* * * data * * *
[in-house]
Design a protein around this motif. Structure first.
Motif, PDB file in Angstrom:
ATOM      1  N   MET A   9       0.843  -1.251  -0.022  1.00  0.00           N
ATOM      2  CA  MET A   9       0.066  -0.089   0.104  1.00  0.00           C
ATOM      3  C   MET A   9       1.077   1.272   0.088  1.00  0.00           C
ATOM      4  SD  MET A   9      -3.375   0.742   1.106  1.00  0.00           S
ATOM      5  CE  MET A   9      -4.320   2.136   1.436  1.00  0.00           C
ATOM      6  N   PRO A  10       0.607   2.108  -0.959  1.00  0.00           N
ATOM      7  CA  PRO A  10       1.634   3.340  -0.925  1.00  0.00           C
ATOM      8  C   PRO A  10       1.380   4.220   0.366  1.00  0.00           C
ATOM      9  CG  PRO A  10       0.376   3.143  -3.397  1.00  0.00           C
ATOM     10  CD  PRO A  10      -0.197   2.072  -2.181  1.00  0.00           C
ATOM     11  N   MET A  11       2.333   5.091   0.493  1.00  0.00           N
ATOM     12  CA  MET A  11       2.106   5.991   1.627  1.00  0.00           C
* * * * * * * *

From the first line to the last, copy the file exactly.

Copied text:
[in-house]
Design a protein around this motif. Structure first.
Motif, PDB file in Angstrom:
ATOM      1  N   MET A   9       0.843  -1.251  -0.022  1.00  0.00           N
ATOM      2  CA  MET A   9       0.066  -0.089   0.104  1.00  0.00           C
ATOM      3  C   MET A   9       1.077   1.272   0.088  1.00  0.00           C
ATOM      4  SD  MET A   9      -3.375   0.742   1.106  1.00  0.00           S
ATOM      5  CE  MET A   9      -4.320   2.136   1.436  1.00  0.00           C
ATOM      6  N   PRO A  10       0.607   2.108  -0.959  1.00  0.00           N
ATOM      7  CA  PRO A  10       1.634   3.340  -0.925  1.00  0.00           C
ATOM      8  C   PRO A  10       1.380   4.220   0.366  1.00  0.00           C
ATOM      9  CG  PRO A  10       0.376   3.143  -3.397  1.00  0.00           C
ATOM     10  CD  PRO A  10      -0.197   2.072  -2.181  1.00  0.00           C
ATOM     11  N   MET A  11       2.333   5.091   0.493  1.00  0.00           N
ATOM     12  CA  MET A  11       2.106   5.991   1.627  1.00  0.00           C